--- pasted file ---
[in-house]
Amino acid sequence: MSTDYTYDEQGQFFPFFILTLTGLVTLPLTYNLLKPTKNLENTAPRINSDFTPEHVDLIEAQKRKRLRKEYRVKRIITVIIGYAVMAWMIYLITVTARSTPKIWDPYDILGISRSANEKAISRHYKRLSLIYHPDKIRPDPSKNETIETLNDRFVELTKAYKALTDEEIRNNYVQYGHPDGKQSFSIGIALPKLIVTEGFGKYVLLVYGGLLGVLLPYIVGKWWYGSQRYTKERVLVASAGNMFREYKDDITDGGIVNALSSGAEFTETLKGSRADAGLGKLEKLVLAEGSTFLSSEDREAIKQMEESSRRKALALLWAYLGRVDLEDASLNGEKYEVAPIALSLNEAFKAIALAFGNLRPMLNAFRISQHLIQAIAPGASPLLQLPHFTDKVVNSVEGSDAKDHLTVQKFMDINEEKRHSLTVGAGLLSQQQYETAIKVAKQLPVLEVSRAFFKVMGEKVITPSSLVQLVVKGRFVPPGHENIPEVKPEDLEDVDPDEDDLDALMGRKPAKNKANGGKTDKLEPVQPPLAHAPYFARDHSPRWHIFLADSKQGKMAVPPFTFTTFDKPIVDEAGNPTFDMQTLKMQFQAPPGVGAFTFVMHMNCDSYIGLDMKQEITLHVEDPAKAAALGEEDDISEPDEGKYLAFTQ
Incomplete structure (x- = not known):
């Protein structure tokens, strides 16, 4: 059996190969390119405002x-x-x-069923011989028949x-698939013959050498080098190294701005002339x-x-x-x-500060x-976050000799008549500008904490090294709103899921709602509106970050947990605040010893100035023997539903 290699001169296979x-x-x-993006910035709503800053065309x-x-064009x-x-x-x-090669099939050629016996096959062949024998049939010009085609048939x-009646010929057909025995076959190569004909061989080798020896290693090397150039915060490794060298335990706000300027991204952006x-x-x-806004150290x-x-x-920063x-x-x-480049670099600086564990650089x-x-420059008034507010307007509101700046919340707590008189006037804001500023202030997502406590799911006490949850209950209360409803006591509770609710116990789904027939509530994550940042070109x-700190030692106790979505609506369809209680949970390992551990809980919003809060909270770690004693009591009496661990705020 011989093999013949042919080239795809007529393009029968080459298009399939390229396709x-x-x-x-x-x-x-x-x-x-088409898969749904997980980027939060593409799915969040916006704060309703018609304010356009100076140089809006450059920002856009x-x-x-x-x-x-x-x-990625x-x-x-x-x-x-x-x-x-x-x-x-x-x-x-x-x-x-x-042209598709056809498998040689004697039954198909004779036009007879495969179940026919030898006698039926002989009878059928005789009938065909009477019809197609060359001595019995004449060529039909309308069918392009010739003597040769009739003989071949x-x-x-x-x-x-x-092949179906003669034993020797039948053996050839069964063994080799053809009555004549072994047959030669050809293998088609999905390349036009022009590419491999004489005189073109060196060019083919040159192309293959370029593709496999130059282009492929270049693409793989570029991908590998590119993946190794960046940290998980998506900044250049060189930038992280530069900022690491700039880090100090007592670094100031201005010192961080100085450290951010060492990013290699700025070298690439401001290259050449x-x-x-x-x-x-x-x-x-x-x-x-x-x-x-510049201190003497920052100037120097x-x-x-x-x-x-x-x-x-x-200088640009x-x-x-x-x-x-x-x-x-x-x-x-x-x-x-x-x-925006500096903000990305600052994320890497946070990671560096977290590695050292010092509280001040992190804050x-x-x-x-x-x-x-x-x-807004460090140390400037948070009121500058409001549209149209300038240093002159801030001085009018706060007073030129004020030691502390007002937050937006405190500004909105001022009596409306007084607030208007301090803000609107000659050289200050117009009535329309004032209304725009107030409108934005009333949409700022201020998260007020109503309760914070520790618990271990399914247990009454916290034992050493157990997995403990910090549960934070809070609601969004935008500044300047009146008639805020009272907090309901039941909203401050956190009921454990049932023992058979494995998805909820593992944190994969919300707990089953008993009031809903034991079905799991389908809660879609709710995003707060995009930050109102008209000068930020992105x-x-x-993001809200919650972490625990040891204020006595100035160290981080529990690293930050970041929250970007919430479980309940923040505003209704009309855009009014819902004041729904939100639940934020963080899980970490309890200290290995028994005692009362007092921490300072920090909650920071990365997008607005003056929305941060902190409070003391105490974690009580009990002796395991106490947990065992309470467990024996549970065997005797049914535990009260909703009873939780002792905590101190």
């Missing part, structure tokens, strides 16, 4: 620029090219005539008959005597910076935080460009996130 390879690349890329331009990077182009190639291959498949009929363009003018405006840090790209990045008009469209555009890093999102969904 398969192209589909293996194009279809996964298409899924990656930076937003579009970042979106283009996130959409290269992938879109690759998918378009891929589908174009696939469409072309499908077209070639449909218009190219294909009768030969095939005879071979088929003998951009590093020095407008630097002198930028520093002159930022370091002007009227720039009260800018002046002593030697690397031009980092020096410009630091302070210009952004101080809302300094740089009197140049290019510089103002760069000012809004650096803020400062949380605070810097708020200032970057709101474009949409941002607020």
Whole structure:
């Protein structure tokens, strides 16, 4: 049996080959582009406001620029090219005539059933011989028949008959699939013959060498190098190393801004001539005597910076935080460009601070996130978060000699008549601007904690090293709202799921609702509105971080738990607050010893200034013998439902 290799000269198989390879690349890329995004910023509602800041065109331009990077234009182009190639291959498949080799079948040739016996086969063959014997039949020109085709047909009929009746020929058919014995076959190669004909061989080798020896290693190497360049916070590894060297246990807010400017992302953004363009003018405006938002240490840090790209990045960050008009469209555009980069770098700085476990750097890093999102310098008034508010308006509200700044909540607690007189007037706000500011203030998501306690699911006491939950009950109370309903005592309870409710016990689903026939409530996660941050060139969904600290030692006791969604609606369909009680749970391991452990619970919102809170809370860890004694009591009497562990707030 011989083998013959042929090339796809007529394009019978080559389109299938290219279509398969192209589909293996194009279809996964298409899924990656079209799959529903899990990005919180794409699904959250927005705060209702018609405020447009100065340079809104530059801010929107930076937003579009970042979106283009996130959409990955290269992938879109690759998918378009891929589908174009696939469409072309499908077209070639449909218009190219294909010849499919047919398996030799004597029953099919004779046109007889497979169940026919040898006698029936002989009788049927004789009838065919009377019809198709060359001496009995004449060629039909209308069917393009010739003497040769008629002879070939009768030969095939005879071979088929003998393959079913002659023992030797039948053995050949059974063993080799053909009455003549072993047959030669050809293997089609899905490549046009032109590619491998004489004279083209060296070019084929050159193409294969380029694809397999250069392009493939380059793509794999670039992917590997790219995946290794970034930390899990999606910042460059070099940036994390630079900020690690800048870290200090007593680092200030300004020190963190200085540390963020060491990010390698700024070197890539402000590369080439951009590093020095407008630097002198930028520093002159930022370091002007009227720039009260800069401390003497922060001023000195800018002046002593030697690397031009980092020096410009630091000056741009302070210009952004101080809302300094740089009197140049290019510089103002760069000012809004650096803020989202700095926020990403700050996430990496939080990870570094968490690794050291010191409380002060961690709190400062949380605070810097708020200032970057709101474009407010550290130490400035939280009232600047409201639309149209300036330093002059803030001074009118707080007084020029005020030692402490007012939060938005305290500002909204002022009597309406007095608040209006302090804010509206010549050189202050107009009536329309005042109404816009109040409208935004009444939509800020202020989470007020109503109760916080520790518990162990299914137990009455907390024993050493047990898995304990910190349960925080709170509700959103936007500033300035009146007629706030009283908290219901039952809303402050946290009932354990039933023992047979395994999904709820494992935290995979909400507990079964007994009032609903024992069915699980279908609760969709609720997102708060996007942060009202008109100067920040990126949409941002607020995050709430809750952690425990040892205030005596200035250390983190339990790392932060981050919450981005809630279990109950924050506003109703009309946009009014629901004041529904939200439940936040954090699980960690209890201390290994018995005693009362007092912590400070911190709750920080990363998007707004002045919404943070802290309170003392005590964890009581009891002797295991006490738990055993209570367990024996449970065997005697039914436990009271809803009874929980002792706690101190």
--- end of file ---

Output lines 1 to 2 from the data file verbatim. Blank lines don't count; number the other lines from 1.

[in-house]
Amino acid sequence: MSTDYTYDEQGQFFPFFILTLTGLVTLPLTYNLLKPTKNLENTAPRINSDFTPEHVDLIEAQKRKRLRKEYRVKRIITVIIGYAVMAWMIYLITVTARSTPKIWDPYDILGISRSANEKAISRHYKRLSLIYHPDKIRPDPSKNETIETLNDRFVELTKAYKALTDEEIRNNYVQYGHPDGKQSFSIGIALPKLIVTEGFGKYVLLVYGGLLGVLLPYIVGKWWYGSQRYTKERVLVASAGNMFREYKDDITDGGIVNALSSGAEFTETLKGSRADAGLGKLEKLVLAEGSTFLSSEDREAIKQMEESSRRKALALLWAYLGRVDLEDASLNGEKYEVAPIALSLNEAFKAIALAFGNLRPMLNAFRISQHLIQAIAPGASPLLQLPHFTDKVVNSVEGSDAKDHLTVQKFMDINEEKRHSLTVGAGLLSQQQYETAIKVAKQLPVLEVSRAFFKVMGEKVITPSSLVQLVVKGRFVPPGHENIPEVKPEDLEDVDPDEDDLDALMGRKPAKNKANGGKTDKLEPVQPPLAHAPYFARDHSPRWHIFLADSKQGKMAVPPFTFTTFDKPIVDEAGNPTFDMQTLKMQFQAPPGVGAFTFVMHMNCDSYIGLDMKQEITLHVEDPAKAAALGEEDDISEPDEGKYLAFTQ